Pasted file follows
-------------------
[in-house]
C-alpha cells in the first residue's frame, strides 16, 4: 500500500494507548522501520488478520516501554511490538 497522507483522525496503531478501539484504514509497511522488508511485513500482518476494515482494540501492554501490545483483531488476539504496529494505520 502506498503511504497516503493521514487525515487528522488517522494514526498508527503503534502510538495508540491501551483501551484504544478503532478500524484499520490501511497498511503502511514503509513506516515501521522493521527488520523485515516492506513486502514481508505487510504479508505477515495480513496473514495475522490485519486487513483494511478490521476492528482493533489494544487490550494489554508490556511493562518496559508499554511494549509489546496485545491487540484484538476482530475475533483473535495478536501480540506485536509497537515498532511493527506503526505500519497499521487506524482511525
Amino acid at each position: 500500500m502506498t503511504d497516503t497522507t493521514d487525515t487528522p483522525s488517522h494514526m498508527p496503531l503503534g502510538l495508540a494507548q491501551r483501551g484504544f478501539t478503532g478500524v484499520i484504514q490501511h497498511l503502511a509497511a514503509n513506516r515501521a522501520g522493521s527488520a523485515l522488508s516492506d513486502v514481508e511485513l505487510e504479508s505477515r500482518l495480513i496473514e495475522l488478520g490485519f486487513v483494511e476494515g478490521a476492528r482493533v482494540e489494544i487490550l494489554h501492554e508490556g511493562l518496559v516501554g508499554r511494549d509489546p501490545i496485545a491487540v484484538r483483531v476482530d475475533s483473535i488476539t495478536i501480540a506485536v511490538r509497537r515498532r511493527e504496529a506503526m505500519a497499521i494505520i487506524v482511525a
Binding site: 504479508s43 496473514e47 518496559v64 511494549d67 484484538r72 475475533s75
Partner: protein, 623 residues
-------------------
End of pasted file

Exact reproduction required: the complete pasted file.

[in-house]
C-alpha cells in the first residue's frame, strides 16, 4: 500500500494507548522501520488478520516501554511490538 497522507483522525496503531478501539484504514509497511522488508511485513500482518476494515482494540501492554501490545483483531488476539504496529494505520 502506498503511504497516503493521514487525515487528522488517522494514526498508527503503534502510538495508540491501551483501551484504544478503532478500524484499520490501511497498511503502511514503509513506516515501521522493521527488520523485515516492506513486502514481508505487510504479508505477515495480513496473514495475522490485519486487513483494511478490521476492528482493533489494544487490550494489554508490556511493562518496559508499554511494549509489546496485545491487540484484538476482530475475533483473535495478536501480540506485536509497537515498532511493527506503526505500519497499521487506524482511525
Amino acid at each position: 500500500m502506498t503511504d497516503t497522507t493521514d487525515t487528522p483522525s488517522h494514526m498508527p496503531l503503534g502510538l495508540a494507548q491501551r483501551g484504544f478501539t478503532g478500524v484499520i484504514q490501511h497498511l503502511a509497511a514503509n513506516r515501521a522501520g522493521s527488520a523485515l522488508s516492506d513486502v514481508e511485513l505487510e504479508s505477515r500482518l495480513i496473514e495475522l488478520g490485519f486487513v483494511e476494515g478490521a476492528r482493533v482494540e489494544i487490550l494489554h501492554e508490556g511493562l518496559v516501554g508499554r511494549d509489546p501490545i496485545a491487540v484484538r483483531v476482530d475475533s483473535i488476539t495478536i501480540a506485536v511490538r509497537r515498532r511493527e504496529a506503526m505500519a497499521i494505520i487506524v482511525a
Binding site: 504479508s43 496473514e47 518496559v64 511494549d67 484484538r72 475475533s75
Partner: protein, 623 residues